Whenever I see my roommate (or myself) getting really into a competitive online game like Counter-Strike, I can’t help but have flashbacks to my own past. It’s something that I feel I’ve mostly outgrown. I’m a competitive person by nature, and I love winning as much as the next guy, but I like to channel my focus on winning into more practical things than video games. Maybe that’s part of the reason I’ve become obsessed with tennis ever since freshman year of high school, or why I’ve become a high-GPA student since sophomore year. Being on a working type and dosage of ADHD medication most likely sparked both of those, and allowed me to continue prioritizing those two things in my life today.

In all honesty, when anything — not just video games — starts becoming more frustrating than fun, it’s an obvious sign that you need to take a break. Walk away, breathe, relax. Unless you’re playing for your mother’s life (or if you’re a pro gamer, but then again that’s not for me to judge), putting all that negative energy into your gaming won’t help. If anything, you’ll become so obsessed with winning that you’ll most likely lose focus on the actual game at hand, and enter a vicious cycle of frustration since you don’t know why you’re losing.

I believe this sense of control and calmness really comes from experience. My roommate didn’t start playing computer games or online games until he saw me playing Team Fortress 2 early in the fall semester last year; his first impressions were skeptical and unimpressed. However, he soon started a Steam account and amassed a rather large collection of games in just a few months, with one of these games being CS:GO. A group of friends, including my roommate and I, started playing CS:GO competitively together on a regular basis around the beginning of the past spring semester. At first we didn’t take it too seriously, but as we played more matches, our ranks slowly went up and I could feel that a couple of my friends (my roommate being one of them) were starting to focus more on the matches and on improving their skill. In particular, my roommate spent about $100 this past semester on a gaming mouse, mousepad, and headset for CS:GO, and began watching streams of people and pros playing CS:GO during much of his free time.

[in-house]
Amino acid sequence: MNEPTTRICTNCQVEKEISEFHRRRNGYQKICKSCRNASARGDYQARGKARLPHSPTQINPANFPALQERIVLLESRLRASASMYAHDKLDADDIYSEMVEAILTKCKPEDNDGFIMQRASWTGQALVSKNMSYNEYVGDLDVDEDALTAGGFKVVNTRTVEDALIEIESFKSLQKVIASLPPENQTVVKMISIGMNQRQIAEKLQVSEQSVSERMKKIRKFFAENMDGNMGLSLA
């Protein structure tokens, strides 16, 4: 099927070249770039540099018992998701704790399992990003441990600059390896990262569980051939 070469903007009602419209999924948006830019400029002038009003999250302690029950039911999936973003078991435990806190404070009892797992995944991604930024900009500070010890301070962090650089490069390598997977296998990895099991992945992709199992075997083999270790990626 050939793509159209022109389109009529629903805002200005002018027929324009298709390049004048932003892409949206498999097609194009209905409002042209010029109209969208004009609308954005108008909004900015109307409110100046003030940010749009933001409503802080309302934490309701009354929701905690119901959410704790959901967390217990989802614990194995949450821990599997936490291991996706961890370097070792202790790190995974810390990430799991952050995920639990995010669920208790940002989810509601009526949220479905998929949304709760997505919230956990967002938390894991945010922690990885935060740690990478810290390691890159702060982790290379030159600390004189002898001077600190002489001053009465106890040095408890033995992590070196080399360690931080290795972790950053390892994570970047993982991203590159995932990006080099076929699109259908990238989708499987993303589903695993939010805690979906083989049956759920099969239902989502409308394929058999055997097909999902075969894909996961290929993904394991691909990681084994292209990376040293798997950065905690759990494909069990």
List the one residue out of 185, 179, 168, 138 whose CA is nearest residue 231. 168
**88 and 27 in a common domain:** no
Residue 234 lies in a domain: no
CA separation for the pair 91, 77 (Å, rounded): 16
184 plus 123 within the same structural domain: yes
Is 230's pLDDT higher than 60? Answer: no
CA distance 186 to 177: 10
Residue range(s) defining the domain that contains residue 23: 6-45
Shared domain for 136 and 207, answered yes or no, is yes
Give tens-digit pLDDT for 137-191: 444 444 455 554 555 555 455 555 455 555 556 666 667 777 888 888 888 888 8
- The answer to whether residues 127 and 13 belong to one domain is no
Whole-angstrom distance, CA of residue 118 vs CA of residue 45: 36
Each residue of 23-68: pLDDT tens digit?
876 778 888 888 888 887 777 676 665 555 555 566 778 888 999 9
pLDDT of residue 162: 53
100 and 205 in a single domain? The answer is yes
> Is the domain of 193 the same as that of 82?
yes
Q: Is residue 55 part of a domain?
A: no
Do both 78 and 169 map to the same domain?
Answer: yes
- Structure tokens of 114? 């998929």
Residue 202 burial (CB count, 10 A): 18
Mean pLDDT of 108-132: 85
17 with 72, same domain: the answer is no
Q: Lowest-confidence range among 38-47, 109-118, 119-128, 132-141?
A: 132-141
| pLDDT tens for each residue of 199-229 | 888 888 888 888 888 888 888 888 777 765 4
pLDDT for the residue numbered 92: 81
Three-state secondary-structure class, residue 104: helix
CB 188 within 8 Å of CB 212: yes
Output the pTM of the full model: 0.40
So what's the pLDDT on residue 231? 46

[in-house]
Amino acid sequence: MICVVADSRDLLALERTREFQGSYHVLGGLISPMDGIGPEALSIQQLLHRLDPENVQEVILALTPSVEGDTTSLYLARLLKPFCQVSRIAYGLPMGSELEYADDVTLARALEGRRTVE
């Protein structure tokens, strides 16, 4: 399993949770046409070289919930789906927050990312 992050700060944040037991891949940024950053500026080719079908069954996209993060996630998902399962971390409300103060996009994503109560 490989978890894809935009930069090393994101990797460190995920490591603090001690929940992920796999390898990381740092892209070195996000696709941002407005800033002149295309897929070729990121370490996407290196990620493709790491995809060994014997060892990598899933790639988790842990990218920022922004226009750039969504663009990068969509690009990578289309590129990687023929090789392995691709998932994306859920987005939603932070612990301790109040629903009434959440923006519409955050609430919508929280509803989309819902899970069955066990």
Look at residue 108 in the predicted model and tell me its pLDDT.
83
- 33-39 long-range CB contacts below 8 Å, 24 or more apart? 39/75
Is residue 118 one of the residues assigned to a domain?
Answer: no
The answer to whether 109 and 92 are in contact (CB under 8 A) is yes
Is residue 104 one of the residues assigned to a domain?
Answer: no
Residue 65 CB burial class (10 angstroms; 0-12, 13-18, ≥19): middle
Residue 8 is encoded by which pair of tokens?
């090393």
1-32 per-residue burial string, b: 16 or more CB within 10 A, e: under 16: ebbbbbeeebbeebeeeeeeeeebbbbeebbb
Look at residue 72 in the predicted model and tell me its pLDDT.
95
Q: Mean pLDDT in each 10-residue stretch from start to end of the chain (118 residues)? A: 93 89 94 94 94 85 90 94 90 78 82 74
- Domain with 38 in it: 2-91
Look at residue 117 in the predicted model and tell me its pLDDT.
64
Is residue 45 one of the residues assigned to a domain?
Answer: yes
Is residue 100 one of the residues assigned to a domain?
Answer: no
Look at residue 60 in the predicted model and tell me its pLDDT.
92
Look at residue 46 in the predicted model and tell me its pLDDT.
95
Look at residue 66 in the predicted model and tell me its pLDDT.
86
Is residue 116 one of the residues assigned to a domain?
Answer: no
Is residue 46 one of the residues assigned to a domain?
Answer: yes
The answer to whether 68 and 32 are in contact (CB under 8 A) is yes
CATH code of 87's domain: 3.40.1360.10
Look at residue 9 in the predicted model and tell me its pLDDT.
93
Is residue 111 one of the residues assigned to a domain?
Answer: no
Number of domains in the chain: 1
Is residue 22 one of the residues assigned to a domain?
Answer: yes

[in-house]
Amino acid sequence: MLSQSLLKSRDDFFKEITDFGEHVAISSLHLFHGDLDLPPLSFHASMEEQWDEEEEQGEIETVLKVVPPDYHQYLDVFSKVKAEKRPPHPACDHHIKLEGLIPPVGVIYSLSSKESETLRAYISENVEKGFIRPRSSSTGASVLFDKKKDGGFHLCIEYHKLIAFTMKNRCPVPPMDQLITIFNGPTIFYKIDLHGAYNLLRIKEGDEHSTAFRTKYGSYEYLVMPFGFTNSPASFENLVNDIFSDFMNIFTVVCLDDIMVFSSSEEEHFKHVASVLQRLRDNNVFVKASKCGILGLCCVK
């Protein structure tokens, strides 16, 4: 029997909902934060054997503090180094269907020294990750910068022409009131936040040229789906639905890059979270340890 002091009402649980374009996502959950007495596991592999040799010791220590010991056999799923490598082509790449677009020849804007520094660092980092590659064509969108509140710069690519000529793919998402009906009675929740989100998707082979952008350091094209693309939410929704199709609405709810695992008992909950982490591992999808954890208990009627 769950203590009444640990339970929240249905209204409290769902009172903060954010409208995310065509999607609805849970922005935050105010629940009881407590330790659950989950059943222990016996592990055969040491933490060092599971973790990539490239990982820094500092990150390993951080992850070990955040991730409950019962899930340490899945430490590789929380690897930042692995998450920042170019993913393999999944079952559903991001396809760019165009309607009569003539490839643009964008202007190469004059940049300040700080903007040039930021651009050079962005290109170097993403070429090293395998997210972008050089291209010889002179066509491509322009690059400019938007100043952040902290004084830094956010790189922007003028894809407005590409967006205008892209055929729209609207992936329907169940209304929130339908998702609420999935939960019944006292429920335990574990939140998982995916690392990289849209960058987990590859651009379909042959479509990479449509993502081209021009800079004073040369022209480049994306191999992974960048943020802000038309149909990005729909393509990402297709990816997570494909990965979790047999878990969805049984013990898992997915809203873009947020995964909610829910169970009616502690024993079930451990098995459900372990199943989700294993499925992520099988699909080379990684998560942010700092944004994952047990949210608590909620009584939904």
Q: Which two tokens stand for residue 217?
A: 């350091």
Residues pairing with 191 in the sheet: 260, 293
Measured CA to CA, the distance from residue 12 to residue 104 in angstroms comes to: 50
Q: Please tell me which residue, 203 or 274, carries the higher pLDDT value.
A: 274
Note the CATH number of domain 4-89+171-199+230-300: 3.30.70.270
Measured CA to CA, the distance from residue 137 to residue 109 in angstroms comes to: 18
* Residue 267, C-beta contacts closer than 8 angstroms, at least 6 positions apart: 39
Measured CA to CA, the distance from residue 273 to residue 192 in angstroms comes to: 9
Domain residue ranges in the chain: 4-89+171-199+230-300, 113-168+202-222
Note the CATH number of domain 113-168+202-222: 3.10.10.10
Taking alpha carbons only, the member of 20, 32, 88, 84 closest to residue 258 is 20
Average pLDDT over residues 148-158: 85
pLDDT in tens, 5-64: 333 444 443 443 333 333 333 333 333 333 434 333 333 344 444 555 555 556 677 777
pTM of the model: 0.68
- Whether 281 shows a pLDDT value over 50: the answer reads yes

I’m not criticizing his decisions. People do similar actions all the time in order to get better at… well, anything. I’ve bought high-end tennis racquets and I watch pros play on TV and in person whenever I can. It’s all driven by one’s passion to be their best, yet sometimes this can be confused with being the best. If I’m trying to get really good at Counter-Strike, but I start losing the “fun” factor that piqued my interest in improving in the first place, I’ll have no real motivation to continue. There’s much more productive ways to use your time if you’re not having fun.

The most important thing with any game is to have fun. Otherwise, it isn’t a game. Sure, you can have fun and improve; a lot of that is done by gaining experience. And obviously it won’t always be fun, even if you’re not taking it too seriously. Surrounding yourself with a group of friends that pretty much all have the same demeanor about the game can make things easier, whether you want to improve and/or have fun. Ultimately, though, the decision on whether to continue through the unpleasantries or walk away from them is your decision alone. Just make sure that the ends justifies the means. And that you’re not getting noise complaints from the neighbors.